Besides that, it seems that Chirac has a great career ahead of him as a “rent-a-politician” if he wants. The singular lack of progress on the draft Constitution of the first day led to talk about yet another summit for mid-November, an “informal” one this time, a suggestion which doesn’t thrill some EU politicians, among whom Luxembourgois prime minister Jean-Claude Juncker; he thought aloud about getting Jacques Chirac to sit in for him. And Belgian prime minister Guy Verhofstadt, who apparently has had to deal lately with a loud and demanding Chamber of Deputies, has also spoken (presumably not seriously) about sending Chirac to stand in for him there. (Hopefully I can bring you more about this lack of progress during the Brussel summit’s first day. Some EU heads-of-government – such as Harry Potter look-alike Jan Peter Balkenende, the Dutch premier – were really wondering what in the hell they were doing there; Schröder might be even cleverer than we think in managing to skip out.)

For once, a interesting addition to the debate is contributed by Le Parisien (Chirac Speaks Schröder – yes, that’s what the headline means), a newspaper that I don’t often cover because it usually doesn’t have much interesting to say. Le Parisien goes further into the idea of this Schröder-replacement by Chirac being a sign of the emergence of that Franco-German bloc within the EU, determined to push its weight around. Indeed, the “Old Europe – New Europe” distinction, first raised by Donald Rumsfeld and so widely ridiculed, might be coming true after all; the dividing line went straight down this seam when it came to reactions to American designs on Iraq, and it’s doing the same on the issue of the Constitution (France/Germany: don’t mess with the draft; smaller/new members: we’ve got a lot of changes in mind), and of course on the issue of the euro’s Stability Pact, where Germany and France are now united in their defiance of it while smaller/new EU members would rather see everybody observe it, not just those EU members who aren’t powerful enough to get away with such defiance.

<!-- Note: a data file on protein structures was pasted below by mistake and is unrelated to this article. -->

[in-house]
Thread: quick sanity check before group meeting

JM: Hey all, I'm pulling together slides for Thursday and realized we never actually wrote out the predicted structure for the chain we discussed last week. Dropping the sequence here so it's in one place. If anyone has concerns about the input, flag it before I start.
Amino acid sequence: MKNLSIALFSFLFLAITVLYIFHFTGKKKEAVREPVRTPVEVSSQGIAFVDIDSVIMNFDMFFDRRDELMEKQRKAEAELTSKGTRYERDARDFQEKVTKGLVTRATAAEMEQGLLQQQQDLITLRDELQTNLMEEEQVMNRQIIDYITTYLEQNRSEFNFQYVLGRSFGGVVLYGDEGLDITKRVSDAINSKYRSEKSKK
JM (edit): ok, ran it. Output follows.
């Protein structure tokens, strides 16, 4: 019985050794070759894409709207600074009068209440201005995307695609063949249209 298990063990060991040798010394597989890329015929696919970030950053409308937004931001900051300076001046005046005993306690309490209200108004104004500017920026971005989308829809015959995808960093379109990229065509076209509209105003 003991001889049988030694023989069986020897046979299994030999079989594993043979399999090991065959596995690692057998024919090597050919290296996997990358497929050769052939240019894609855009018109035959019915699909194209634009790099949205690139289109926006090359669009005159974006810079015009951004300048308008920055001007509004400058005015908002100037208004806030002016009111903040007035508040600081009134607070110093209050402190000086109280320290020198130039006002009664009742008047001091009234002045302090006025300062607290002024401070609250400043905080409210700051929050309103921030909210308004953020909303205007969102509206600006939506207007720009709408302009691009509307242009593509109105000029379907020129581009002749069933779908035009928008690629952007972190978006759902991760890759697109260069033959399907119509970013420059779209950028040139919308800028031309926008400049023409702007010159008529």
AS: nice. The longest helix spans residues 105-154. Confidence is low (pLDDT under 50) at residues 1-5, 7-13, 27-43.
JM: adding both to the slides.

(This raises another interesting side issue: The attitudes of Germany and France towards violating the Stability Pact in fact used to be different, in that the Germans were willing to show themselves feeling guilty about it while the French were not. Now it seems that they’re the same, and in a clever way: Whereas before the focus among the rest of the EU on applying punishment for this violation was on France, because of this unrepentant French attitude (see €S coverage here), now such a “divide-and-conquer” strategy will no longer work. Germany and France are basically saying, “You want to punish someone [i.e. levy fines] for violating the Stability Pact, you’d better punish us both!” – and you know that will never happen, not when you’re talking about really the two most important countries in the EU. It’s no surprise, then, that the latest news on this front has featured statements from Economic and Monetary Affairs Commissioner Pedro Solbes – who apparently is walking point on this issue – giving the violators more time and scope to get their fiscal houses in order, i.e. a backdown on the part of the Commission. I’ve found a number of interesting articles on this issue en passant while gathering material for the “Gerhard Chirac” theme of this entry; too bad I don’t have time presently to apply the full €S treatment and discuss them at greater length.)

By the way, according to Le Parisien at least one British spokesman, one Tom Kelly, has tried to pour cold water on this whole Schröder-replacement thing. It’s not like it hasn’t been done before, he claims; diplomats and politicians from the Benelux countries (Belgium, Netherlands, Luxembourg) used to stand in for each other all the time. And that Le Figaro lead article does mention that, at a recent EU foreign ministers’ meeting, the same sort of switch happened but in reverse: French foreign minister Dominique de Villepin had to leave early, so he made it plain that in his absence Joschka Fischer would speak for France.